Diseases and Plant Protection

Looking after a crop and protecting it from diseases is the biggest task in a farmer’s life. Disease and pest management is vital for obtaining good quality yield of bulbs. There are different types of diseases in garlic caused by viruses, fungi, nematodes and insects.

Viral Diseases Name of DiseaseCausative AgentSymptoms and Nature of DamageSpread ByControlOnion Yellow Dwarf diseaseOnion Yellow Dwarf VirusLeaves develop yellow streaks at the base of true leaves and subsequent leavesThey crinkle and fall off.Bulbs are under-sizedAphids, infected cloves and seed bulbs can transmit the disease.Using healthy seed material Foliage spraying of carbosulfan (0.2%) or fipronil (0.1%) to control aphids is one of the measures.Leek Yellow StripeLeek Yellow Stripe VirusYellow stripes on the distal part of the leavesProduces malformed bulbsAphidsUsing healthy seed materialFoliar spraying of carbosulfan (0.2%) or fipronil (0.1%) to control aphids is one of the measures.Irish Yellow SpotIrish Yellow Spot VirusSpindle-shaped, straw-colored spots on the leavesPoorly defined edges of the leavesSpots coalesce becoming biggerOnion thrips and transplantation of infected plantAvoid crop stressControl thripsUse healthy planting material

Fungal Diseases DiseaseCausative AgentSymptom and Nature of DamageTransmissionControlPurple BlotchAlternaria porriElliptical, small lesions on leavesLesions turn purplish-brown and are surrounded by a chlorotic marginLesions start at the tip of older leavesThey girdle the leaves and hence leaves fall offIt is chiefly soil-borne disease also spread by infected bulbs, plant debris, etc.Spraying 0.25% mancozeb, 0.1% propiconazole or 0.1% hexaconazole every 15 days after 30 days of planting or immediately when symptoms appear would help control the disease.Stemphylium blightStemphylium vesicariumYellow to orange colored streaks develop on the leafThe streaks develop into elongated or spindle-shaped spots characterized by pink-colored margins.Spots coalesce from tip to base of the leavesPlant debris and soil are the major transmitting agentsSpraying 0.25% mancozeb, 0.1% propiconazole or 0.1% hexaconazole every 15 days after 30 days of planting or immediately when symptoms appear would help control the disease.White rotSclerotium cepivorumYellowing and dying of leaf tipsSclerotia on the surface of the leaves or within the tissuesSoil, garlic debris and diseased garlic setsHigh temperature soil solarizationDestroying the infected cropCrop rotation0.1% carbendazim should be used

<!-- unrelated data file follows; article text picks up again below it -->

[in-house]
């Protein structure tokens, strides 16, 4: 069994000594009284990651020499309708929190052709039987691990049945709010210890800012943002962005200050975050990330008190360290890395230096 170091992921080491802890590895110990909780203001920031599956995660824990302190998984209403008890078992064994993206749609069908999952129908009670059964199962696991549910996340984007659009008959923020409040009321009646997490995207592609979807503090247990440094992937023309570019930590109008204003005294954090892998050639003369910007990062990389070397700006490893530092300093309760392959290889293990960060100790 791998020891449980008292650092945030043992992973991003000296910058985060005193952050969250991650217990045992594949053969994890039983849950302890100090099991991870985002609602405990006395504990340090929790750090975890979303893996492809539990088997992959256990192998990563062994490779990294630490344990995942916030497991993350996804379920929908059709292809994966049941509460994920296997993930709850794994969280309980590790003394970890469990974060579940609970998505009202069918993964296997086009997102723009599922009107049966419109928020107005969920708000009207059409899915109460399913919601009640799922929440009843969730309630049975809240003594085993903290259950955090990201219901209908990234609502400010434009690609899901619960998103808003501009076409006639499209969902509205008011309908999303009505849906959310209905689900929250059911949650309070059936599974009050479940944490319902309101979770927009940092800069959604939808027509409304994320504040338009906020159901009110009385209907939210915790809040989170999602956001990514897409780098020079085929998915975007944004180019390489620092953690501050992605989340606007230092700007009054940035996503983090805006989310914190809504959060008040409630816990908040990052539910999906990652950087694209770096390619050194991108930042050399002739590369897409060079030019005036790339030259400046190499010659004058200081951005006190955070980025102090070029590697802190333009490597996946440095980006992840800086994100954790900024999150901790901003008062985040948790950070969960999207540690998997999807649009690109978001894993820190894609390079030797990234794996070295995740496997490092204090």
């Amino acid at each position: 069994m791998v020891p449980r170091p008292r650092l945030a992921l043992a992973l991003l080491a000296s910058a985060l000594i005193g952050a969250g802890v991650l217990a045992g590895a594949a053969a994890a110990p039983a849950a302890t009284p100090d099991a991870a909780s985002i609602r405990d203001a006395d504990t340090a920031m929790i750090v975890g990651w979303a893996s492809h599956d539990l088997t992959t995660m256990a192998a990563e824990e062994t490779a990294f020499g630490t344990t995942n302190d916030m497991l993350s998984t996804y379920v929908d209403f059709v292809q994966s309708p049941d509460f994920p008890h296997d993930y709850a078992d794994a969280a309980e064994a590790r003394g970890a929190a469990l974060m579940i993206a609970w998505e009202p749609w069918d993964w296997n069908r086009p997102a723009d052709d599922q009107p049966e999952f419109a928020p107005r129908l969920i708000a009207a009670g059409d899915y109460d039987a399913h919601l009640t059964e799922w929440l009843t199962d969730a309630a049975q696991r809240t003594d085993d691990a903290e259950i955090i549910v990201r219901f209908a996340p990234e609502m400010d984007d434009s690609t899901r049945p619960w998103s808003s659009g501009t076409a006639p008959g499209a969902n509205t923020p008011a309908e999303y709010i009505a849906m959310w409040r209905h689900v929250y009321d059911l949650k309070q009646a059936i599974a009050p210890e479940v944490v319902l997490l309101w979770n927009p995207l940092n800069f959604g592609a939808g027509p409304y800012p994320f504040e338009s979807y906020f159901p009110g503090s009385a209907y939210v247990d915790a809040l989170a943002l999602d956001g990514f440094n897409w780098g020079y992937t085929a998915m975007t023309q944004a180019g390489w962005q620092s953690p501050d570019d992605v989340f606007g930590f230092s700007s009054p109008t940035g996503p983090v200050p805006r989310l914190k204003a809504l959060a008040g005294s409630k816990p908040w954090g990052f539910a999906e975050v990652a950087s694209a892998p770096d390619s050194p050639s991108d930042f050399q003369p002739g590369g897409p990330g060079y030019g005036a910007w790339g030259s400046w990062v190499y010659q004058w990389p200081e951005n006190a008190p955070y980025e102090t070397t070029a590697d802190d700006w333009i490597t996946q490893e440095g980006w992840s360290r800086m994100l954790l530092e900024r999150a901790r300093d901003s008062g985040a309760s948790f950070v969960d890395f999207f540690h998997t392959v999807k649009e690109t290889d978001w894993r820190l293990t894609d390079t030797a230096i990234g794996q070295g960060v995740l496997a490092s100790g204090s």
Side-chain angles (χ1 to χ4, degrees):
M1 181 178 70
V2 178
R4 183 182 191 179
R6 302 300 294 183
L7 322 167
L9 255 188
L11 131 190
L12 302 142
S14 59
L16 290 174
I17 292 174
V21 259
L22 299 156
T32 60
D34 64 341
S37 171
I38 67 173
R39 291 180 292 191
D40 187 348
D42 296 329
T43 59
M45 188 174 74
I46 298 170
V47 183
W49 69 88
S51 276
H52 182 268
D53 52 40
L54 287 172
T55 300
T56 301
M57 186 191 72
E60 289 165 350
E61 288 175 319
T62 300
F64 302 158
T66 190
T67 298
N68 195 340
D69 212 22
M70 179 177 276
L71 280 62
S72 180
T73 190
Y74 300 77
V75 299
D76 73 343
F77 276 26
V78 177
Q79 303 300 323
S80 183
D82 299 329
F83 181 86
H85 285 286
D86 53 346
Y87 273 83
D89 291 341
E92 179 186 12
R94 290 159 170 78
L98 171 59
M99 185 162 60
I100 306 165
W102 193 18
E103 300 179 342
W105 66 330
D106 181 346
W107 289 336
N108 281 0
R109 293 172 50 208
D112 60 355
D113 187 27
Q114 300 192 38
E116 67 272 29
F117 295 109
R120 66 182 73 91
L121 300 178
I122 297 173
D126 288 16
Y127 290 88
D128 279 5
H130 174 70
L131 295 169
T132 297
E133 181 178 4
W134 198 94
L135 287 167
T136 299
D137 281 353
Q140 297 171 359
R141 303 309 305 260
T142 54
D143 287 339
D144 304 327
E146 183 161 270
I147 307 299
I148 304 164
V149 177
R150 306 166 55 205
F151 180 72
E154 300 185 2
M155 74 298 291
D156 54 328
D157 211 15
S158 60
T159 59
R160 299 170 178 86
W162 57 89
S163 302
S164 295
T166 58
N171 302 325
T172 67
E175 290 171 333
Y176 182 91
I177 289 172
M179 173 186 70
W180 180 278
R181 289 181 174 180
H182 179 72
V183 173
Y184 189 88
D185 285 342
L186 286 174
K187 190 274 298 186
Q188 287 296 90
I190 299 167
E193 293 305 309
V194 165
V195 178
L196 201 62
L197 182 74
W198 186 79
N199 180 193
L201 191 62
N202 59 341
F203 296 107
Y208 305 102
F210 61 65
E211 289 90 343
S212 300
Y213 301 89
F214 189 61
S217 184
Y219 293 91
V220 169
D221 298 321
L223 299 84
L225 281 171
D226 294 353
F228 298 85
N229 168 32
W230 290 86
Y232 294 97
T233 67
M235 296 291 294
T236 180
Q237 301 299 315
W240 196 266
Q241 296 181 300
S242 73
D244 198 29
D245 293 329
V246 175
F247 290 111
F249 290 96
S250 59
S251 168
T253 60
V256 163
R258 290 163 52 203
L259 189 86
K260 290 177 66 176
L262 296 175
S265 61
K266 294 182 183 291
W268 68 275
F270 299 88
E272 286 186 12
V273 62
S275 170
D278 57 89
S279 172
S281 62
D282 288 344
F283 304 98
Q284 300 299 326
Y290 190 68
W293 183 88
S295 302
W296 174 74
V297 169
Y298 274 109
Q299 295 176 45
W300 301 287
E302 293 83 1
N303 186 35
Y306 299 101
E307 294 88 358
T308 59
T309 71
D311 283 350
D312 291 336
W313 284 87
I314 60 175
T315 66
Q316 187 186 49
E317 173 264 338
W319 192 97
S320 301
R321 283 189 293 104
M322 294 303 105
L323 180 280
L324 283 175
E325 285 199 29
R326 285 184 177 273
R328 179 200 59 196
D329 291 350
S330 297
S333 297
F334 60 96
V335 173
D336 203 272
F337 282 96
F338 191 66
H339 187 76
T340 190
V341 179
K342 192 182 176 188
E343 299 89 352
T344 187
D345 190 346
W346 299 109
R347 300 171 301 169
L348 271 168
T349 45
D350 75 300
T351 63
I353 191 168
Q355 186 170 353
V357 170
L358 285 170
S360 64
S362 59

Insect Pests Name of PestIdentificationSymptomControlThrips tabaciBody color varies from yellow to dark brown4 wings with long hairsLeaves twist and curl in the initial stagesSilvery to white patches on leavesPlants seem blemished and turn white in extreme casesPlanting one or two outer rows of maize or wheat can act as a good barrier for thrips. This is typically done 30 days before planting garlic.Spraying carbosulfan (0.2%), fipronil (0.1%)or profenofos (0.1%) when thrips population cross 30 thrips per plant is advisable.Eriophyid mite (Aceria tulipae)Identification with naked is difficult as they are microscopic, banana-shaped organisms.Leaves do not open fullyPlant shows curling, twisting and stuntingMottling along the edges of leavesSpraying Sulphur powder as soon as the symptoms appear and every fortnight thereafter would help check the progress of the disease.

Harvesting Garlic

Harvesting from garlic cultivation

Harvesting from garlic cultivation

Garlic is ready to harvest within 120-150 days of sowing depending on the variety. They are ready when the leaves start yellowing and become dry. The bulbs are then pulled out, sheath cut near the bulb and roots are trimmed. They are then sun-dried for a week. This process is important for the hardening of the bulbs. Before storing they are graded according to the size and weight.

Garlic Seed Storage

Storing Garlic

Storing garlic

Garlic can be stored at room temperature of up to 8 months. Before storing it must be sun dried thoroughly so that no fungus develops on it during the storage period.


On an average under normal conditions, garlic yields 20-40 quintals per acre. Like onion, garlic cultivation can be a money making business.